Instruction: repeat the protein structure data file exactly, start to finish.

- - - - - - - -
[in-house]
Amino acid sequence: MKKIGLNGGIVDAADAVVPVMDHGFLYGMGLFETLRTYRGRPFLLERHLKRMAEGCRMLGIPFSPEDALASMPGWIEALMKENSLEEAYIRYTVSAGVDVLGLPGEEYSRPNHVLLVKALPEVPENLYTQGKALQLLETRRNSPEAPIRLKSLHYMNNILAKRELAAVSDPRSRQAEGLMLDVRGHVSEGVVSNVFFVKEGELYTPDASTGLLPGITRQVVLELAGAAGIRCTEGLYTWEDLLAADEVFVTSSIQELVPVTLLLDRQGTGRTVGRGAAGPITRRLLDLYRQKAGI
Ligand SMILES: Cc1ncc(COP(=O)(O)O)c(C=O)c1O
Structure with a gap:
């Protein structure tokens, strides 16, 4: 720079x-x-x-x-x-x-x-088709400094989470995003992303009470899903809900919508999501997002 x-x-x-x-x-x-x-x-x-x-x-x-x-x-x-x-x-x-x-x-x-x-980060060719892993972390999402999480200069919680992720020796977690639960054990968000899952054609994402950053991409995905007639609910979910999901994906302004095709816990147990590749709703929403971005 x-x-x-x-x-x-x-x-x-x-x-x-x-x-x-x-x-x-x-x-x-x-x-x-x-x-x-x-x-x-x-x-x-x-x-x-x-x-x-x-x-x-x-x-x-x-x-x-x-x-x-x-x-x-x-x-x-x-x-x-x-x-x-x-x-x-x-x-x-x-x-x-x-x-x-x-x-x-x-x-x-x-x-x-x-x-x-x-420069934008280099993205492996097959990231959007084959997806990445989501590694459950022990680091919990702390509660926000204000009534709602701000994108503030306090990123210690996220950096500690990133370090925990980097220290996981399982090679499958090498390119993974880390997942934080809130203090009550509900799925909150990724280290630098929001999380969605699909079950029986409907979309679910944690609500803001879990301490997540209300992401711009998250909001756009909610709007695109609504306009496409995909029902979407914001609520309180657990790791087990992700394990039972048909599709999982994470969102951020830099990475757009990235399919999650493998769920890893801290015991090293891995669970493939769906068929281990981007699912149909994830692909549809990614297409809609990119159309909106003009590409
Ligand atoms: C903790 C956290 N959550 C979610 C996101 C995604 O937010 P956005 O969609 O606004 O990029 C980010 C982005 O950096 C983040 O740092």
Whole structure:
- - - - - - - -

[in-house]
Amino acid sequence: MKKIGLNGGIVDAADAVVPVMDHGFLYGMGLFETLRTYRGRPFLLERHLKRMAEGCRMLGIPFSPEDALASMPGWIEALMKENSLEEAYIRYTVSAGVDVLGLPGEEYSRPNHVLLVKALPEVPENLYTQGKALQLLETRRNSPEAPIRLKSLHYMNNILAKRELAAVSDPRSRQAEGLMLDVRGHVSEGVVSNVFFVKEGELYTPDASTGLLPGITRQVVLELAGAAGIRCTEGLYTWEDLLAADEVFVTSSIQELVPVTLLLDRQGTGRTVGRGAAGPITRRLLDLYRQKAGI
Ligand SMILES: Cc1ncc(COP(=O)(O)O)c(C=O)c1O
Structure with a gap:
């Protein structure tokens, strides 16, 4: 720079x-x-x-x-x-x-x-088709400094989470995003992303009470899903809900919508999501997002 x-x-x-x-x-x-x-x-x-x-x-x-x-x-x-x-x-x-x-x-x-x-980060060719892993972390999402999480200069919680992720020796977690639960054990968000899952054609994402950053991409995905007639609910979910999901994906302004095709816990147990590749709703929403971005 x-x-x-x-x-x-x-x-x-x-x-x-x-x-x-x-x-x-x-x-x-x-x-x-x-x-x-x-x-x-x-x-x-x-x-x-x-x-x-x-x-x-x-x-x-x-x-x-x-x-x-x-x-x-x-x-x-x-x-x-x-x-x-x-x-x-x-x-x-x-x-x-x-x-x-x-x-x-x-x-x-x-x-x-x-x-x-x-420069934008280099993205492996097959990231959007084959997806990445989501590694459950022990680091919990702390509660926000204000009534709602701000994108503030306090990123210690996220950096500690990133370090925990980097220290996981399982090679499958090498390119993974880390997942934080809130203090009550509900799925909150990724280290630098929001999380969605699909079950029986409907979309679910944690609500803001879990301490997540209300992401711009998250909001756009909610709007695109609504306009496409995909029902979407914001609520309180657990790791087990992700394990039972048909599709999982994470969102951020830099990475757009990235399919999650493998769920890893801290015991090293891995669970493939769906068929281990981007699912149909994830692909549809990614297409809609990119159309909106003009590409
Ligand atoms: C903790 C956290 N959550 C979610 C996101 C995604 O937010 P956005 O969609 O606004 O990029 C980010 C982005 O950096 C983040 O740092």
Whole structure: